In this study we investigate the seasonal diet composition of guanacos, linked to the available vegetation during summer season in different habitat types of Tierra del Fuego (Argentina). To achieve this goal, we addressed the following questions: i) what is the assemblage of plant species and different vegetation community types across the landscape?, ii) is the herbivores' diet determined by the availability of life-form groups of plants in space and time?, iii) how is the relationship between diet and the use of different habitat types in this landscape?


Site description. The study was conducted in an area of 100 km2, "Los Cerros" ranch (figure 1) in the central zone of Tierra del Fuego Island, Argentina (54°20' S, 67° 52' W). The climate is characterized by short, cool summers (mean: 14 °C), and long snowy and frozen winters (mean: -7 °C). Precipitation is near 700 mm per year. The growing season of vegetation extends for about five months (November to March), but tree leaves fully expanded during January and February, with signs of early senescence during March (Moore 1983).


Figure 1. Study area in central Tierra del Fuego showing different habitat types: white = open land, pale gray = N. antarctica forest, black = primary unmanaged N. pumilio forest, dark gray = harvested N. pumilio forest.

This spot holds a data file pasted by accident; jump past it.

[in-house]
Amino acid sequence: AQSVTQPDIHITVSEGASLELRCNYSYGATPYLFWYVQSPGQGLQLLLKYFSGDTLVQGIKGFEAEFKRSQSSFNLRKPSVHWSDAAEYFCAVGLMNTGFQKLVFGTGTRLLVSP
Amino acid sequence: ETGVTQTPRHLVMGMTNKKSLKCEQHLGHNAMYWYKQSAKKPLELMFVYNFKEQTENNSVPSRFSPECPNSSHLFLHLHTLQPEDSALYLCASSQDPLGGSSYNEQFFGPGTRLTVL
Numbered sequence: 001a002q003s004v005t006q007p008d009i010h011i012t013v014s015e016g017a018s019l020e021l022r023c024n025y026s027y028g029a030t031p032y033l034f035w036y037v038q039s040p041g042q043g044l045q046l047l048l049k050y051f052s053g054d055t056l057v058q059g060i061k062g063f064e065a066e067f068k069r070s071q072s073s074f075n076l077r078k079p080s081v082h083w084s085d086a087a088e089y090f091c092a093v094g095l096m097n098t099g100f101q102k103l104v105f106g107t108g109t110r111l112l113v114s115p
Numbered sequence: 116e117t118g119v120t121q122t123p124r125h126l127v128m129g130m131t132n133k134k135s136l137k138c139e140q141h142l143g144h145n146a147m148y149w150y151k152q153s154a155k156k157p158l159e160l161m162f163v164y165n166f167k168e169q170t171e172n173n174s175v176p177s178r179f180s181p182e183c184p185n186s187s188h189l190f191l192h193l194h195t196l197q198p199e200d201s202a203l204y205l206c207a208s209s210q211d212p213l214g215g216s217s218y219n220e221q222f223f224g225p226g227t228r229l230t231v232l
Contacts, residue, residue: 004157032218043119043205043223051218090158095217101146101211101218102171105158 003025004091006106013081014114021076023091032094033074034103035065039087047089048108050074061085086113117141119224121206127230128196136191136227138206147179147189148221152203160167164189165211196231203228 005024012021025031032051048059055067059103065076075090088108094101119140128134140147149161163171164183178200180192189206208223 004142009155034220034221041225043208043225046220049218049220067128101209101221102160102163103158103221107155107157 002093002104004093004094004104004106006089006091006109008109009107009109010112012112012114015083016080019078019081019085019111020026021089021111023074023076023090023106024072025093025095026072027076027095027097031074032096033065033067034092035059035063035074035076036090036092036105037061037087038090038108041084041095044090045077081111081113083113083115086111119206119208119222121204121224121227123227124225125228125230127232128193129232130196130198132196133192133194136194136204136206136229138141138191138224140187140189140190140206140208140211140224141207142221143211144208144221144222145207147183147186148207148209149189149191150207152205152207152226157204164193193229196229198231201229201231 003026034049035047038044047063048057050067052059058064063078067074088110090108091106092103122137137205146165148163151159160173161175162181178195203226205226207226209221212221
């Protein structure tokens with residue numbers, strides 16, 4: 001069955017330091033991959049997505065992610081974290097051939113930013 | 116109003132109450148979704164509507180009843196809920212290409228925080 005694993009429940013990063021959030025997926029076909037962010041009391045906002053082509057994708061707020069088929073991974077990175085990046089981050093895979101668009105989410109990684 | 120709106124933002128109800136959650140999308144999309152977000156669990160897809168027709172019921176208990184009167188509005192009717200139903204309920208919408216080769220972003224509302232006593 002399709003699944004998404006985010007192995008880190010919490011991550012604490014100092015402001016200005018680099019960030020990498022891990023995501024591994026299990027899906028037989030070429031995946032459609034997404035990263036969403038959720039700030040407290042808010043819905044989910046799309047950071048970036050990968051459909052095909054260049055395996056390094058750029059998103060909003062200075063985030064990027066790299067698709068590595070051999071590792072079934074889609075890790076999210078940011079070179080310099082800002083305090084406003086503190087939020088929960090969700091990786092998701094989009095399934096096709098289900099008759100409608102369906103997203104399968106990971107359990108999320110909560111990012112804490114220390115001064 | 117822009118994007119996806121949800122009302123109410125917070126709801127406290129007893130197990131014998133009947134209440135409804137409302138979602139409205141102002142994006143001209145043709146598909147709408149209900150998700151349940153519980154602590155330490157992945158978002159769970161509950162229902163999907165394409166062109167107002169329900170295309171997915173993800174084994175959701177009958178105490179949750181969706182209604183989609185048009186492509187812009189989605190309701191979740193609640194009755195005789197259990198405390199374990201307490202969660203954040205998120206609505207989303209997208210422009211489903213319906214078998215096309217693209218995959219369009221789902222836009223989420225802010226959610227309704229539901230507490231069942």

Área de estudio en el centro de Tierra del Fuego, donde pueden observarse los distintos ambientes estudiados: blanco = áreas abiertas, gris claro = bosque de N. antarctica, negro = bosque sin manejo de N. pumilio, gris oscuro = bosque cosechado de N. pumilio.


We classified this area through high definition satellite images (Quickbird images, March 2008) into a GIS, and checked in the field during the vegetation surveys. Open lands occupied 28.7 % of the area (grasslands 24.9 % and peatlands 3.8 %), while Nothofagus spp. forests occupied 71.3 % (N. antarctica forests 19.4%, primary N. pumilio forests 42.7 % and harvested N. pumilio forests 9.2 %). The Nothofagus spp. managed stands selected for this study were harvested (1-5 years) using a variable retention method (Martínez Pastur et al. 2009), which included non-harvested aggregated retention areas (30 % of the stand) and harvested areas with dispersed retention (70 % of the stand).